A new relationship with animals, nature and each other.

Animal Intervention

I’m sometimes a bit suspicious of people who call themselves animal lovers. “Loving” animals can mean all kinds of things. And while most of the people you see in the new Nat Geo Wild series Animal Intervention claim to love animals, the animals themselves aren’t exactly feeling it. They’d all be a lot happier living as nature intended.

Cheetah in cage backstage.  (Photo Credit: Bienstock Young Media/ Patrick Bond)
A small, barren cage with no natural light is this big cat’s home at Kirby Van Burch’s theater in Branson, Mo.

To Kirby Van Burch, the first “animal lover” we meet, it’s all about keeping dozens of big cats – lions, tigers and leopards – locked in small cages in a dingy warehouse at the back of a theater in Branson, Missouri, where other people who “love” animals come to see his magic act. The shows involve lots of stagehands behind the scenes prodding the cats into even smaller cages that can then be winched down from the ceiling so that when Van Burch pulls a red cloth off the cage, there’s a … <audience gasps> … tiger, growling and bearing his fangs at the stage lights.

Everything about this low-life is cheap, shoddy and abusive. But no, he insists to Allison Easton and Donald Schultz, hosts of the new Nat Geo Wild TV show “Animal Intervention,” he really does love the animals. And to prove it, he brings a black leopard on a chain into his living room and sits her down on the sofa next to him, where she proceeds to try to claw his face off.

When Easton and Schultz take a side trip to the sanctuary where Van Burch gave up one of the lions who is no longer able to function, we learn that this king of beasts was terrified even at the sight of a butterfly when he was first let out of doors, having never seen grass or the sky.

Alison and lion. (Photo Credit: Bienstock Young Media/ Patrick Bond)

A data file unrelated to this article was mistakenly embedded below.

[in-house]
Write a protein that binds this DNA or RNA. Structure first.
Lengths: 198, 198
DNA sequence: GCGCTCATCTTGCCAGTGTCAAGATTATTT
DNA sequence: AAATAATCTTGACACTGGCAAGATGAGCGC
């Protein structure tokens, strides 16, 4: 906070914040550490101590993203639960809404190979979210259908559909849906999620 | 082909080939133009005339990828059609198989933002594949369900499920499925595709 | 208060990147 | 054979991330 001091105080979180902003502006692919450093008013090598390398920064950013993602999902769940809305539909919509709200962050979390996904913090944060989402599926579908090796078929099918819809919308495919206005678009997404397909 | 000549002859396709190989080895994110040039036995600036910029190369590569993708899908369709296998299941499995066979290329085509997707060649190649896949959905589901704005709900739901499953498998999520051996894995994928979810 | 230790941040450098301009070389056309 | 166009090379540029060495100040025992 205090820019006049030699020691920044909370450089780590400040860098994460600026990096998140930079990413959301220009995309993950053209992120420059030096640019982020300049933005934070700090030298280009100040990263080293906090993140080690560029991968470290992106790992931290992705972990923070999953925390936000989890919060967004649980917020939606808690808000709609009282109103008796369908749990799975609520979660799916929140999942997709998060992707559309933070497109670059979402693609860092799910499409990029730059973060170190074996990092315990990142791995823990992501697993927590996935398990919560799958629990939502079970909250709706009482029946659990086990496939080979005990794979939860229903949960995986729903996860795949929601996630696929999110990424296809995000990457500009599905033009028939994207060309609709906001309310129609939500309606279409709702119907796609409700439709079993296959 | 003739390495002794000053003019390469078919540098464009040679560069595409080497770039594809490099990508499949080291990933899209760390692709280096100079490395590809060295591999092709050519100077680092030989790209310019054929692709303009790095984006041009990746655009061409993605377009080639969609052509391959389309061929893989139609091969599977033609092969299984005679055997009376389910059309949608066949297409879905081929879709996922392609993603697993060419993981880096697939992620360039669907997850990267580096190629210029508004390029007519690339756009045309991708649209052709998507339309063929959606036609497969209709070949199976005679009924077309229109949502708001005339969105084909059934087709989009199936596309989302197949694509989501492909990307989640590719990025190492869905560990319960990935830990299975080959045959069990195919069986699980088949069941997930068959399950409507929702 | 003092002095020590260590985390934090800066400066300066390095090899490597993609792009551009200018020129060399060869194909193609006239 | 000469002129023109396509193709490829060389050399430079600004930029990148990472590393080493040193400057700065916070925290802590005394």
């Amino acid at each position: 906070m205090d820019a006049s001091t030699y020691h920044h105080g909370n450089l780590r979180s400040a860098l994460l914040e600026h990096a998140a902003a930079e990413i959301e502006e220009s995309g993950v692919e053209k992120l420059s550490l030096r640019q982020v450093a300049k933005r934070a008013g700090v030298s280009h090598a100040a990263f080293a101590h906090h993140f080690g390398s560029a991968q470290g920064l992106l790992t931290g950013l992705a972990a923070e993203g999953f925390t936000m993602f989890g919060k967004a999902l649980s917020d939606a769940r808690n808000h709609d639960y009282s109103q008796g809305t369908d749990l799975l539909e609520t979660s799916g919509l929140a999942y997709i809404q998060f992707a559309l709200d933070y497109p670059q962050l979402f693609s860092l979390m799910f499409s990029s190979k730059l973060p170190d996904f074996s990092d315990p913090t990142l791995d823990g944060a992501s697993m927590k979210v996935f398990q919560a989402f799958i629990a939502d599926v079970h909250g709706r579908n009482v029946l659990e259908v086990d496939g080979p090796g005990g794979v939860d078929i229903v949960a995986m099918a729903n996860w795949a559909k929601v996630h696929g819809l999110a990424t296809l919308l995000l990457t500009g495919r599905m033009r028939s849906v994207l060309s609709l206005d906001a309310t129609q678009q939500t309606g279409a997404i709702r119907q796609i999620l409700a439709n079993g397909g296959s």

In another episode, Easton and Schultz travel to Ohio. (That would be the state that’s home to Zanesville, where, earlier this year, a man let all his exotic animals out of their cages, shot himself, and left police and wildlife “experts” to deal with the havoc that ensued by shooting them all before the morning rush hour.)

In this case, the two hosts visit a “rescue center” that’s the home of Angela and her partner, who are doing their best to care for a collection of unwanted tigers, bears, wolves and lions. Trouble is these folks are in way over their heads, and Alison is reduced to selling off grandma’s jewelry to try to provide food and vet care. It’s a sad situation of the kind that’s familiar to anyone in the pet rescue world who’s had to deal with a hoarder.

Easton (daughter of Clint Eastwood) and Schultz know what they’re doing. He’s a wildlife expert; she’s an actress and director who’s volunteered with wildlife groups. Together they manage to steer a reasonable path between investigative reporting and trying to help and persuade the people they visit to do the right thing by the animals.

In the case of someone like Van Burch, who’s making a living off the suffering of his animal slaves, there’s nothing they can do except shame him on TV.

(Photo Credit: Bienstock Young Media)
John Palmer and his family bid a bittersweet farewell to the animals they’ve been trying to care for.

But in at least one of the previews I saw, the family agrees to let Easton and Schultz get on the phone to wildlife sanctuaries and veterinarians and have all the animals taken to new and better situations. It’s a tearful farewell, and an example of people who show they really do love the animals – in their case by letting them go.

“Animal Intervention” airs on Nat Geo Wild, starting on Tuesday October 2 at 9 PM ET/PT.